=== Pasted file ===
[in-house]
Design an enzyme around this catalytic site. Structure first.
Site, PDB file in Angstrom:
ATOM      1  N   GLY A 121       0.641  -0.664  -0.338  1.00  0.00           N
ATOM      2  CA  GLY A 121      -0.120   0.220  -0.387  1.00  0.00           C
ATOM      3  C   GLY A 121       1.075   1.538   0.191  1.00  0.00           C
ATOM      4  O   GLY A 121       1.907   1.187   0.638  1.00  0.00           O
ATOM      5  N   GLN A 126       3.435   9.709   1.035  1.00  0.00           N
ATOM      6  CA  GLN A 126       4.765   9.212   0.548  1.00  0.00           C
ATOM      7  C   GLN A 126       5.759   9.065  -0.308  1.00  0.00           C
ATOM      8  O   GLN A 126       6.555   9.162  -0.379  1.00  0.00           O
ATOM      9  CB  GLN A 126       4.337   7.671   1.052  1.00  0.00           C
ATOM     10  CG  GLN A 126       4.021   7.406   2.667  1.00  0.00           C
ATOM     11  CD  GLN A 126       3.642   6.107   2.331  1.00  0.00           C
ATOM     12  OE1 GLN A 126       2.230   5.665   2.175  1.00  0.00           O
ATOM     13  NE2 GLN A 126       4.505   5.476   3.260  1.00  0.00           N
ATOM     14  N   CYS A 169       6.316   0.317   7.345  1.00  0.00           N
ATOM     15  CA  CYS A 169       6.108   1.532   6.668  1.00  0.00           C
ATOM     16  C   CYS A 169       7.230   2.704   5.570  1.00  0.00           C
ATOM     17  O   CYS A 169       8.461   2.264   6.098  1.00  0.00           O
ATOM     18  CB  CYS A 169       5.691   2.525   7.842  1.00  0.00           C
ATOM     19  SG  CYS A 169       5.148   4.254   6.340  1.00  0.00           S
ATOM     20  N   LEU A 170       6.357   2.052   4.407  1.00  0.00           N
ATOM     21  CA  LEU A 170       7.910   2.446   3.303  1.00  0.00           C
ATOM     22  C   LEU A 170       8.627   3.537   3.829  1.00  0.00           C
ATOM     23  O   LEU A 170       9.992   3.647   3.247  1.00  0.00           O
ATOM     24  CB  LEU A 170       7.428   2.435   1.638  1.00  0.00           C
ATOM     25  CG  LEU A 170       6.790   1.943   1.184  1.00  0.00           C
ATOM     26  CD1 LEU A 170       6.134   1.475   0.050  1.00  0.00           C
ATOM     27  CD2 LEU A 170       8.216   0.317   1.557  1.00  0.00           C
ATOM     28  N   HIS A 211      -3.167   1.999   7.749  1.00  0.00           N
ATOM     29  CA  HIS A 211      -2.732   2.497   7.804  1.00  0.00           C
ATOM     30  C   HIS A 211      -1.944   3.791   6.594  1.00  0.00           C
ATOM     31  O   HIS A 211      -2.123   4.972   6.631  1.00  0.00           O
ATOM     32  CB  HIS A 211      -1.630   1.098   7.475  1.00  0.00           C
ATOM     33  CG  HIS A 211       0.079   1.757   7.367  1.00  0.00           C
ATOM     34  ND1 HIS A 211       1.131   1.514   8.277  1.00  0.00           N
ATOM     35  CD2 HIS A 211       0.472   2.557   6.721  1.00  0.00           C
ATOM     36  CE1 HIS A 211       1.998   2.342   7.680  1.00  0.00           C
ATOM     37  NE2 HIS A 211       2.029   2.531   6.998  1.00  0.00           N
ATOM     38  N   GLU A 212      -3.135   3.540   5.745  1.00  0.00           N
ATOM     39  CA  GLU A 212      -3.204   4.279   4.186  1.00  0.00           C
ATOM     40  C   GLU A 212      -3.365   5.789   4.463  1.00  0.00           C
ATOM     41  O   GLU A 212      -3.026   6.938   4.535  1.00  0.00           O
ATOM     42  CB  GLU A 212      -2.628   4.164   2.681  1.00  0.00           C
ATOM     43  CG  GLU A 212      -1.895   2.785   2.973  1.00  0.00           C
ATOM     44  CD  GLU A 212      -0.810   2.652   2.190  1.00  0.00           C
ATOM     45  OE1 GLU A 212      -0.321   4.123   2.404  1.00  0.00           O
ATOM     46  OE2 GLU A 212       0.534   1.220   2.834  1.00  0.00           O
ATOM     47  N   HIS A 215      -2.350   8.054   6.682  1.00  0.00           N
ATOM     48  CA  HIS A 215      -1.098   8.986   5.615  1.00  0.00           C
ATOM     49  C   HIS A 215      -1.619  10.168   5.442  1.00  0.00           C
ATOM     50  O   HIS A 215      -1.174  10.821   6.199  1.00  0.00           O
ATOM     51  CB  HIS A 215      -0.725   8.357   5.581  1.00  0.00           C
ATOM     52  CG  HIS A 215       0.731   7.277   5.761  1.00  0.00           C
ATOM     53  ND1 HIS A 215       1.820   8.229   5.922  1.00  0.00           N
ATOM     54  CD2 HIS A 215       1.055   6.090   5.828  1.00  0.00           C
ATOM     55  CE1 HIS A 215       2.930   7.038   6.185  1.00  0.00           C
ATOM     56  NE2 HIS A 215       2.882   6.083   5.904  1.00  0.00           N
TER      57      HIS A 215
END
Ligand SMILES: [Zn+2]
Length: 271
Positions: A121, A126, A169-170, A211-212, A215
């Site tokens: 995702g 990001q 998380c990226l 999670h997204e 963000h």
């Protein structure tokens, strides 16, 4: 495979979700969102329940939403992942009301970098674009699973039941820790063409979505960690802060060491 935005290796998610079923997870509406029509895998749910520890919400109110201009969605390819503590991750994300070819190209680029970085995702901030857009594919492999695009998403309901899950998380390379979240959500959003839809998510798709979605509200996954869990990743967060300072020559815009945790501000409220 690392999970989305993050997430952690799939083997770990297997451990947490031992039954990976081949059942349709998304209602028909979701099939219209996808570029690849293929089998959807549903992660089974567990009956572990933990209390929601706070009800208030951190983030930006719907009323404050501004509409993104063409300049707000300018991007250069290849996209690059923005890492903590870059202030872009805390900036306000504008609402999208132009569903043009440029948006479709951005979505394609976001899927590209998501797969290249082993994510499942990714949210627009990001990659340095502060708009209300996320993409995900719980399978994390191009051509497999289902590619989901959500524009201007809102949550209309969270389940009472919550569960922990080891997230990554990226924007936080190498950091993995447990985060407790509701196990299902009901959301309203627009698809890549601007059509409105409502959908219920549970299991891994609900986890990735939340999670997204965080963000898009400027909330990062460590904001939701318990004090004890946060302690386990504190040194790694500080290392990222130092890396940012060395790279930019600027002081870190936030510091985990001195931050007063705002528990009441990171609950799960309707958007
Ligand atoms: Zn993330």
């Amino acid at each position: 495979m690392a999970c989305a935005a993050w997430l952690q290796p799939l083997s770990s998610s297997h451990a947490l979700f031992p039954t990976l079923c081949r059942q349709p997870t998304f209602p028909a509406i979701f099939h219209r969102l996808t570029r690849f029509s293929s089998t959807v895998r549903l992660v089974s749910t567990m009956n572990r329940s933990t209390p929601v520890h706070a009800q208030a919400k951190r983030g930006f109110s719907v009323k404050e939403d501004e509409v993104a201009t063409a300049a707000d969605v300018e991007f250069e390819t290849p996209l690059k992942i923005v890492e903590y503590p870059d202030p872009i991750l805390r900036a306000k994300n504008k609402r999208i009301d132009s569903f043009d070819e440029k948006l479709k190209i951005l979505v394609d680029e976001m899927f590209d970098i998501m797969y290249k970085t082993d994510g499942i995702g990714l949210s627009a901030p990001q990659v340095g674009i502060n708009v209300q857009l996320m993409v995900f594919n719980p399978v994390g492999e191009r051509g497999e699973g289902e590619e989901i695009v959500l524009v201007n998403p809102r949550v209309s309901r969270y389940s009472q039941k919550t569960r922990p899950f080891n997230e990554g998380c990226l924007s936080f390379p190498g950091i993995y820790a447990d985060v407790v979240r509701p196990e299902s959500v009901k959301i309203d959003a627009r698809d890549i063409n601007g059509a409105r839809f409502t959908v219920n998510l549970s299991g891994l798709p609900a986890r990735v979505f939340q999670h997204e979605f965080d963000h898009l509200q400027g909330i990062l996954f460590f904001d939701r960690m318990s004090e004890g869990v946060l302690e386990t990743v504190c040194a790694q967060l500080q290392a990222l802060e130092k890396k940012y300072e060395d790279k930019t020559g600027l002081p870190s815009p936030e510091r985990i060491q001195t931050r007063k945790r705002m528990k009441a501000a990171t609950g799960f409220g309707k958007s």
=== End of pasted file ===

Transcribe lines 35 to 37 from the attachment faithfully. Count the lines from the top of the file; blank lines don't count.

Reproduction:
ATOM     32  CB  HIS A 211      -1.630   1.098   7.475  1.00  0.00           C
ATOM     33  CG  HIS A 211       0.079   1.757   7.367  1.00  0.00           C
ATOM     34  ND1 HIS A 211       1.131   1.514   8.277  1.00  0.00           N